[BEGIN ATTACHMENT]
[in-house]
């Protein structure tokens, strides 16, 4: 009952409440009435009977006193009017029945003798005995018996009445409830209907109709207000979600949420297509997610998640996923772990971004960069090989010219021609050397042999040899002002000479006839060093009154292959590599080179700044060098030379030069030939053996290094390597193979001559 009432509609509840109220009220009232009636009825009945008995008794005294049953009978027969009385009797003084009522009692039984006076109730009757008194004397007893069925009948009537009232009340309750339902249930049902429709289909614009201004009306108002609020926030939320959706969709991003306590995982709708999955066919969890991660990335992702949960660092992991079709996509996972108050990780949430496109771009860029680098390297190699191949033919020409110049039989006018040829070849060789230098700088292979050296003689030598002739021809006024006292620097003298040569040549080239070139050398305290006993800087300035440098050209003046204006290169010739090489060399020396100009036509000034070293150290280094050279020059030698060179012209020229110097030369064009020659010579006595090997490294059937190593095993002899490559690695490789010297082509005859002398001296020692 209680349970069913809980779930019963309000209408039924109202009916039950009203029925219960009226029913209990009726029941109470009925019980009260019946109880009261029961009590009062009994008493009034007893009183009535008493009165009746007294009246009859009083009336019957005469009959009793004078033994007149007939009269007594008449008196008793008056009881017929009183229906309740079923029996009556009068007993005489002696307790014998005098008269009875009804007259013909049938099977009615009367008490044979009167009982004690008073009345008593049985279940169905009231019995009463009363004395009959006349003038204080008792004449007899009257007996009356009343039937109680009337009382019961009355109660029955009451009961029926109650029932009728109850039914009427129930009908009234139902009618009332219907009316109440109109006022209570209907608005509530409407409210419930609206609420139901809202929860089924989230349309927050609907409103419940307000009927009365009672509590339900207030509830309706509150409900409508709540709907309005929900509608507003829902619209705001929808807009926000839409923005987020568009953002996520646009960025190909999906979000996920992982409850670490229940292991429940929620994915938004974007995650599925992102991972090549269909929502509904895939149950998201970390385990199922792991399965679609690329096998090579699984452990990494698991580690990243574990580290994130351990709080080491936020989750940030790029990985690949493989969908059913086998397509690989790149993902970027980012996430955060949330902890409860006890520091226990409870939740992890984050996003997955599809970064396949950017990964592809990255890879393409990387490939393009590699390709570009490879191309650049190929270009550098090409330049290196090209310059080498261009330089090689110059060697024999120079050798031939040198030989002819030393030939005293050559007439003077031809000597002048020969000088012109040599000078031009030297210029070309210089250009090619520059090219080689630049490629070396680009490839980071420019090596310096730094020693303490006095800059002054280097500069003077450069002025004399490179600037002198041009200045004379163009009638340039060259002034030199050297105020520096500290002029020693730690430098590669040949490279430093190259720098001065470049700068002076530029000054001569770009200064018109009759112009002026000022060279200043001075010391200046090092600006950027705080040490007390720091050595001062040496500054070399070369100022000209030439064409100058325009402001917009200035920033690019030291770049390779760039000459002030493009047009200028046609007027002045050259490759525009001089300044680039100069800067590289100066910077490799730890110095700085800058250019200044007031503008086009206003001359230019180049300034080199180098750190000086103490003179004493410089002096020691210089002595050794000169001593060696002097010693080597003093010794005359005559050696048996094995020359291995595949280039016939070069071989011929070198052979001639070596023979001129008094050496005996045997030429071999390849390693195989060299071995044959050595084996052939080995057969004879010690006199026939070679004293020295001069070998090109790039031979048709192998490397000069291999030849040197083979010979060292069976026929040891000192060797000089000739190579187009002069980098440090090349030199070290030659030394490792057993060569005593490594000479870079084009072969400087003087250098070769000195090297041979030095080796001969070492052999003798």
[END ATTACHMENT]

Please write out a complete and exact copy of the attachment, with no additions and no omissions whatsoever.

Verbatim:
[in-house]
């Protein structure tokens, strides 16, 4: 009952409440009435009977006193009017029945003798005995018996009445409830209907109709207000979600949420297509997610998640996923772990971004960069090989010219021609050397042999040899002002000479006839060093009154292959590599080179700044060098030379030069030939053996290094390597193979001559 009432509609509840109220009220009232009636009825009945008995008794005294049953009978027969009385009797003084009522009692039984006076109730009757008194004397007893069925009948009537009232009340309750339902249930049902429709289909614009201004009306108002609020926030939320959706969709991003306590995982709708999955066919969890991660990335992702949960660092992991079709996509996972108050990780949430496109771009860029680098390297190699191949033919020409110049039989006018040829070849060789230098700088292979050296003689030598002739021809006024006292620097003298040569040549080239070139050398305290006993800087300035440098050209003046204006290169010739090489060399020396100009036509000034070293150290280094050279020059030698060179012209020229110097030369064009020659010579006595090997490294059937190593095993002899490559690695490789010297082509005859002398001296020692 209680349970069913809980779930019963309000209408039924109202009916039950009203029925219960009226029913209990009726029941109470009925019980009260019946109880009261029961009590009062009994008493009034007893009183009535008493009165009746007294009246009859009083009336019957005469009959009793004078033994007149007939009269007594008449008196008793008056009881017929009183229906309740079923029996009556009068007993005489002696307790014998005098008269009875009804007259013909049938099977009615009367008490044979009167009982004690008073009345008593049985279940169905009231019995009463009363004395009959006349003038204080008792004449007899009257007996009356009343039937109680009337009382019961009355109660029955009451009961029926109650029932009728109850039914009427129930009908009234139902009618009332219907009316109440109109006022209570209907608005509530409407409210419930609206609420139901809202929860089924989230349309927050609907409103419940307000009927009365009672509590339900207030509830309706509150409900409508709540709907309005929900509608507003829902619209705001929808807009926000839409923005987020568009953002996520646009960025190909999906979000996920992982409850670490229940292991429940929620994915938004974007995650599925992102991972090549269909929502509904895939149950998201970390385990199922792991399965679609690329096998090579699984452990990494698991580690990243574990580290994130351990709080080491936020989750940030790029990985690949493989969908059913086998397509690989790149993902970027980012996430955060949330902890409860006890520091226990409870939740992890984050996003997955599809970064396949950017990964592809990255890879393409990387490939393009590699390709570009490879191309650049190929270009550098090409330049290196090209310059080498261009330089090689110059060697024999120079050798031939040198030989002819030393030939005293050559007439003077031809000597002048020969000088012109040599000078031009030297210029070309210089250009090619520059090219080689630049490629070396680009490839980071420019090596310096730094020693303490006095800059002054280097500069003077450069002025004399490179600037002198041009200045004379163009009638340039060259002034030199050297105020520096500290002029020693730690430098590669040949490279430093190259720098001065470049700068002076530029000054001569770009200064018109009759112009002026000022060279200043001075010391200046090092600006950027705080040490007390720091050595001062040496500054070399070369100022000209030439064409100058325009402001917009200035920033690019030291770049390779760039000459002030493009047009200028046609007027002045050259490759525009001089300044680039100069800067590289100066910077490799730890110095700085800058250019200044007031503008086009206003001359230019180049300034080199180098750190000086103490003179004493410089002096020691210089002595050794000169001593060696002097010693080597003093010794005359005559050696048996094995020359291995595949280039016939070069071989011929070198052979001639070596023979001129008094050496005996045997030429071999390849390693195989060299071995044959050595084996052939080995057969004879010690006199026939070679004293020295001069070998090109790039031979048709192998490397000069291999030849040197083979010979060292069976026929040891000192060797000089000739190579187009002069980098440090090349030199070290030659030394490792057993060569005593490594000479870079084009072969400087003087250098070769000195090297041979030095080796001969070492052999003798």